So I’ve set it aside for the moment.

I need to look at the very definition of a book and see if I can come up with a creative solution that can still retain the qualities I need in order to feel like this project can be called complete.

It’s a frustrating time right now, but I need to wait until I can discover the solution.

Until then, thank you for your patience.


Interview for On Landscape magazine

I was very honored to have been interviewed for On Landscape magazine, out of the U.K.  Steve Coleman did what he called a “slow interview”, meaning it was done over e-mail and there was time given between the questions so that I could carefully consider the answers.

Steve is a wonderful photographer out of Australia, and is always striving to go deep into the meaning and thought-processes behind photography, rather than talk about gear.  I appreciate that point of view and wish more photographers would give that due consideration.

At first, I was a bit hesitant about doing the interview, as I don’t really think of myself as a landscape photographer, but then I realized that I don’t really have a classification or label for what I do, so I didn’t stress about it.

You can read the interview here.

I hope you enjoy it.


P.S.  About that book…the next post will explain where I’m at with it.

Enter: A great photo book for a great cause

Call for Entries: Toy Camera Photographers for Tots

Here’s a chance to be in a great photo book for a great cause:

My buddy Bill Wolff, one of the owners of Composing with Images Press (a not for profit publisher), is putting together a photo book to support Toys for Tots.  ALL the proceeds will go to help children in the areas of the U.S. recently devastated by tornadoes.

The theme of the book will be “Play”, but that’s very broadly interpreted, so see some of the examples on the site.  The contest is open to all photographers who use Toy Cameras (see how they define it on their site).

Here is more about it in his words:

“CWiP is seeking images that explore, complicate, and represent in compelling ways the concept of Play.  These might include, but are certainly not limited to, photographs that deal with imaginary play, word play, adult play, children’s play, animal play, games, or the various kinds of materials and/or spaces associated with play. Similarly, photographs might represent play from the perspective of a child’s imagination, or from a toy’s perspective, or they might take up questions about what it means to play or explore the matter of who is allowed (or disallowed) to play. These are, of course, just suggestions for representing play. However you interpret the theme Play through your viewfinder is what we are looking for!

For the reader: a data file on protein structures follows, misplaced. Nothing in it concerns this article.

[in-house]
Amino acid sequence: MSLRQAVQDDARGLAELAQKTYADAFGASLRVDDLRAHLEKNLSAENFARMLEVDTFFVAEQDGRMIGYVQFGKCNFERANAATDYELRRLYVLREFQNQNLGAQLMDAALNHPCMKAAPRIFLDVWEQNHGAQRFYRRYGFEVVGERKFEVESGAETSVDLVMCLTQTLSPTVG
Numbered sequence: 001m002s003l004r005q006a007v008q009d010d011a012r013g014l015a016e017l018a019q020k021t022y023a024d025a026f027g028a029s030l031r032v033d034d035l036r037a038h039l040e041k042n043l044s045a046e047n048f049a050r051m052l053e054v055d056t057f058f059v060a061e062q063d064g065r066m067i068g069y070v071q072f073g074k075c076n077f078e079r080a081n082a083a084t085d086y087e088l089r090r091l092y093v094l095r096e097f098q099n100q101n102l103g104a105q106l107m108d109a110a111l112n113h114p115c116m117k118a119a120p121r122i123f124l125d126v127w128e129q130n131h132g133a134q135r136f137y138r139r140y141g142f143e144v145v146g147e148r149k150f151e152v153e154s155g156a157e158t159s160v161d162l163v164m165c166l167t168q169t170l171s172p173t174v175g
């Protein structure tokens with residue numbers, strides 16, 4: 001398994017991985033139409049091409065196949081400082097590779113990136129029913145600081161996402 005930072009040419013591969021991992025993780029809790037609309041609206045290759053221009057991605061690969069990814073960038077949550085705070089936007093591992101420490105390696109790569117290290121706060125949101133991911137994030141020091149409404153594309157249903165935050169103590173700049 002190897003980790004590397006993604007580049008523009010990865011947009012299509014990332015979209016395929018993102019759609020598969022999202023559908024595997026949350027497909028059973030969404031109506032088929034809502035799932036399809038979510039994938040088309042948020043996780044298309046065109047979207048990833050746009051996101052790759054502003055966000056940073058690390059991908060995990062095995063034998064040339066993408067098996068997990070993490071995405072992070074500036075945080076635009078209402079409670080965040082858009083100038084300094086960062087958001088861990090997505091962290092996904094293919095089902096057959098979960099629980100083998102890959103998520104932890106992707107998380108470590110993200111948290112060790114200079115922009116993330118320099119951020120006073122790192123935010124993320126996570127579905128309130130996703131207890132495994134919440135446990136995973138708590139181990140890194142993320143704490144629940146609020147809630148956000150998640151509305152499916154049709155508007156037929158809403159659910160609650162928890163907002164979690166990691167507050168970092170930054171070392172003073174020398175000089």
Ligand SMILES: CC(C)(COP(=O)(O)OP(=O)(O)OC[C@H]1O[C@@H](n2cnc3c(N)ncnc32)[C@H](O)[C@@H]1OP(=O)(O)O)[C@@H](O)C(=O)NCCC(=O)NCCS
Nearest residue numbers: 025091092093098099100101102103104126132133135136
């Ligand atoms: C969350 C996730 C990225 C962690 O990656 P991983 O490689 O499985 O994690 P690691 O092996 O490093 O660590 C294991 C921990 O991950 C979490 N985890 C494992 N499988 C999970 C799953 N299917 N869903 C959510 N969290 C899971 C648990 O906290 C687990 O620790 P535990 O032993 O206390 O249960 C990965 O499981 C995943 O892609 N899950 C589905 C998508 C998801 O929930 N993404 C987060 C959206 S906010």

This call is open to amateur and professional photographers worldwide working with toy, lo-tech, homemade, or modified analog cameras.

Note:  Though the book is going to benefit children in the areas ravaged by the tornadoes, we are specifically not seeking images of the tornado destruction. Again, we are looking for photographs that explore in compelling ways the concept of Play.”

CWIP did a similar book to help people affected by the disasters on the Gulf Coast and it was a big hit which helped many people.

It’s such a great cause, so please enter.  You’ll not only get some great visibility but you’ll help keep the childhood in the child.

See all the details and enter here.



The Confidence Game

By all accounts, things are going great with my photography.  I’m in more gallery shows this year, my prints are selling, I’ve been in a couple of magazines, etc.  And yet I have a confession to make:  My confidence is probably at an all-time low.

I should warn you ahead of time that there are no answers in this post.  No pithy advice, cunning plans or anything of the sort.  I just wanted to share my inner thought process because I think it’s more common among photographers than we usually care to admit.

I’m a compulsive self-analyzer, and I’m usually pretty good at it.  I’m relatively intelligent, reasonably self-aware and can usually nail down what the cause of an emotional state is within a relatively short amount of time. That’s what bugs me about this.

My best guess is that it has to do with expectations that I put on myself.

I’ve also determined that there are many levels of success (at least as how I define it, everyone is different).  The problem is that I can now see quite a few levels ahead of me, and getting there seems so far away.  The insecurities creep in…the doubts.

This topic came up when I was talking to one of the most successful fine art photographers out there (again, as I define it).  He mentioned that these thoughts are normal, and even he still has them – those days where you just lay on the couch and think that you suck.  Somehow that’s comforting.

One thing that I do know is that I have to shoot through it.  Once I get into a roll of film, I’m usually okay.  It’s getting out and doing it that’s the tough part.  At least when I look at the negatives, I can analyze things and see where I can do better.  Without those negatives though, I’m just lost in my own thoughts.  The negatives make it tangible.  Plan-able.  Resolvable.

I know that these things are cyclical.  I’ve also had times where I’m “in the zone” and getting some of those shots that make you look at them and say to yourself “Damn, that’s good – who took that?”.  That’s the bonus – the thing that makes all of this agony worthwhile.  There’s no high like it.

I just have to keep telling myself that it’ll come, as long as I keep shooting.